Lancia Delta Integrale Evo 2

Odd seating arrangement, but Richard’s having too much fun to care.

The 8-valve’s revised 2.0 litre featured new valves, a bigger turbocharger and extra cooling to develop 185bhp. It also had balancer shafts to produce manners more suitable for a Lancia, and an exciting extra name – Integrale. Soon the car bearing this badge was demonstrating the benefits of these technologies to resounding effect on rallies, collecting more silverware than the Delta’s modest boot could carry. The wins and the development continued, 1991’s 207bhp 16-valve Integrale impressing not only with its extra power and revised 47:53 front/rear torque split, but a promise packed bonnet bulge to accommodate all those fast-pumping valves.

It’s one of these that we enjoy here. And enjoy is the word, the Delta’s impressively neutral handling, cleanly precise steering, surging go and absorbent suspension willing you to explore more.

You’ll turn up more bodyroll, a brake pedal that travels too far and a gearchange that feels like you’re wrestling a small sapling. Though not in this improved car, which has upgraded brakes, and a quickshift gearchange. And just as it is always did, the Delta’s interior creaks like a galleon in a swell, its spindly column stalks look likely to snap and you stare at undersized – but stylish – instruments. Despite all these drawbacks the interior is an attractive environment, lifted by plentiful Alcantara upholstery and surprisingly comfortable seats. What strikes you as much as the flaws is the Delta’s eagerness and, when you get it on the right road, its ferociously capacity for gobbling miles. It’s no longer the fastest A-to-B machine it was in its prime, but it’s still fast, fun and a pleasure to look at.

‘You soon find the Integrale has the grip and stability to underwrite its enthusiasm’


‘It was my childhood sweetheart car,’ says Wayne Meneely. ‘I used to go to rallies and they were winning at the time. If you don’t look after them and don’t drive them often, that’s when they’re a problem. Parts can be expensive and hard to find. This one blew its cylinder head – that was a £3k bill.’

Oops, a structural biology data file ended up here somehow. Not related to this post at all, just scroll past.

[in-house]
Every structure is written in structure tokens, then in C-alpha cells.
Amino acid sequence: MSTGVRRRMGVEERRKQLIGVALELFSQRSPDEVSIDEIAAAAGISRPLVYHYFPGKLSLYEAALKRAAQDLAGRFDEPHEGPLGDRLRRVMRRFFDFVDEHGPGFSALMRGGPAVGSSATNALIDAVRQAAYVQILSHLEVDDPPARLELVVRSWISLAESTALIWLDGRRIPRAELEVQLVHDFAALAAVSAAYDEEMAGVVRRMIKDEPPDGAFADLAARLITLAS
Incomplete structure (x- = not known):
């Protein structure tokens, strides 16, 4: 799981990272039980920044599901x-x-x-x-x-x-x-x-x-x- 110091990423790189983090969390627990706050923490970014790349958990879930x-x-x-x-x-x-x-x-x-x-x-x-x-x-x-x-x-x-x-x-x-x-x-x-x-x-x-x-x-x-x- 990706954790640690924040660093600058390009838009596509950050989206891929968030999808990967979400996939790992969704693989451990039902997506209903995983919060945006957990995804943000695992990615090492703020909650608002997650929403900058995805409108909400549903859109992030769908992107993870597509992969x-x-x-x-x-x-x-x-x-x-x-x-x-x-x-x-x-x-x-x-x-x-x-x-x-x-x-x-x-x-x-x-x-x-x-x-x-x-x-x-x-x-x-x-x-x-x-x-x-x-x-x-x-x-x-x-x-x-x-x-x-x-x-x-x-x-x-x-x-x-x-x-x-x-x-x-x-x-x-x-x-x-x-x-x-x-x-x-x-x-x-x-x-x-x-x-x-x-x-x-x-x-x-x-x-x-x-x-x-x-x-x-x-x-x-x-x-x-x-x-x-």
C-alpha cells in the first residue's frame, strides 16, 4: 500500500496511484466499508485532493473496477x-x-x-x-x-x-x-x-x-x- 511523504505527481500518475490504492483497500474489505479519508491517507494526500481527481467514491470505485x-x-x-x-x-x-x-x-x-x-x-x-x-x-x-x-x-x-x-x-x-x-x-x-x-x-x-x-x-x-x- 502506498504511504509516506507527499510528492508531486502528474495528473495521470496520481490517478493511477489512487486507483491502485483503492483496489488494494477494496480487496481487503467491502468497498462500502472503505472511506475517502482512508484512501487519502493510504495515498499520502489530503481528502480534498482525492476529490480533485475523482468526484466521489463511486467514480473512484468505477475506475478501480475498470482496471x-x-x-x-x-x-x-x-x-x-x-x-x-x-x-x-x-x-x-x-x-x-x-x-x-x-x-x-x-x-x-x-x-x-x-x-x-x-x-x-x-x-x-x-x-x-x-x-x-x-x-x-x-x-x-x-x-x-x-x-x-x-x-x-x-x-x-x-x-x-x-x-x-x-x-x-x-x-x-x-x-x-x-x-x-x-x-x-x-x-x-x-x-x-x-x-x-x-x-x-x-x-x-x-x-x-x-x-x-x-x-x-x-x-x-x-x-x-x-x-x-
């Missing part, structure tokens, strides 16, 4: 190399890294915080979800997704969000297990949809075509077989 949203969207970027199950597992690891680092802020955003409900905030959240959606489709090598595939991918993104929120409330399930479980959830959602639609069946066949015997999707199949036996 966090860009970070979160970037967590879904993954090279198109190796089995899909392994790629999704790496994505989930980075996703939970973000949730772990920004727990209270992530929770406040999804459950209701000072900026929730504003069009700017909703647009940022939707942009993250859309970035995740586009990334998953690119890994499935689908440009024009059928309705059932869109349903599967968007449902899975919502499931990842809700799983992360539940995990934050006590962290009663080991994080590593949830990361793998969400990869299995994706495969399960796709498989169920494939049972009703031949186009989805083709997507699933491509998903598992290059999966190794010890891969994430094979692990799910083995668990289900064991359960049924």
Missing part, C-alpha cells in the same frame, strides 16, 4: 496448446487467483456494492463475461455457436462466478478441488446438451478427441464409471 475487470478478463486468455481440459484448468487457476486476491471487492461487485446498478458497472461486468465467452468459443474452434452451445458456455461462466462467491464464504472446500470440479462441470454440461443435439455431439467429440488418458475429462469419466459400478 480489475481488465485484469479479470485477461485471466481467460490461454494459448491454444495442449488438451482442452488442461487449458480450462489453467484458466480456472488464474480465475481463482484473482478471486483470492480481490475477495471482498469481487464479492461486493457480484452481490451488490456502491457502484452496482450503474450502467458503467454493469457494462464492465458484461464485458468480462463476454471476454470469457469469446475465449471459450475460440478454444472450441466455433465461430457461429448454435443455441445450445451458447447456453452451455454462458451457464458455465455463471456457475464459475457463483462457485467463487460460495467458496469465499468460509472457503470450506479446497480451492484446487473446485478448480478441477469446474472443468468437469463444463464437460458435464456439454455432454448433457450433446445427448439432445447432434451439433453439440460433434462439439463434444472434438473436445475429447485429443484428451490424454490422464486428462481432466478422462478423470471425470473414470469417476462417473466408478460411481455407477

You need evidence of cambelt changes: the 16V needs renewal every 24k miles. A low oil level puts main bearing number three in jeopardy – check the level, and that the oil is golden. Turbos are good for 80k miles, but must be replaced, even if functioning – blade wear reduces their effectiveness.

Clutches should make 60,000 miles. Strong, pliant bushes are vital to the Delta’s balletic potential. Rear trailing arm bushes are often shot at 30k miles, the front rubbers are fading at 40-50k miles and the anti-roll bar drop-links of the Evolution need renewal at 20k miles. Corrosion protection is fairly good, but windscreen surrounds, door and tailgate bottoms, sills, rear arches and the sunroof aperture are potential decay areas.

Check for accident damage – body repair isn’t cheap. Check for consistent panel gaps, paint mis-matches, damage to inner panels such as the boot floor. Even minor body damage will cost. Delta interiors creaked even when new, but shouldn’t be hugely worse if the car has been cared for. Seat bolster wear is common, and the pale Alcantara will showstains. Check all the electrics, as well as the heating and ventilation.

SPECIFICATIONS Lancia Delta Integrale Evo 2

Engine 1995cc/V6/DOHC

Power 207bhp @ 6250rpm

Torque 220lb ft @ 3500rpm

Maximum speed 153mph

0-60mph 6.0sec

Fuel consumption 25-30mpg

Transmission 4WD, five-speed man

How many left? 141


Concours £60,000

Good £40,000

Usable £30,000

Project £18,000


Toyota Celica GT-Four ST205

There’s nothing mellow about this yellow devil – and it’s a fraction of the cost of a Delta

The first thing to surprise you about the Celica GT-Four is not that bold loop of a wing but its interior, whose surfaces are an unrelenting medley of blacks, some slightly shiny, some matt, some fabric and all cheap. The surprise is that Toyota could get away with such starkly unappealing interiors. But it did, customers drawn by its bulletproof reliability and in the case of this Celica, performance and handling to mimic the rally version that Toyota was campaigning to considerable effect.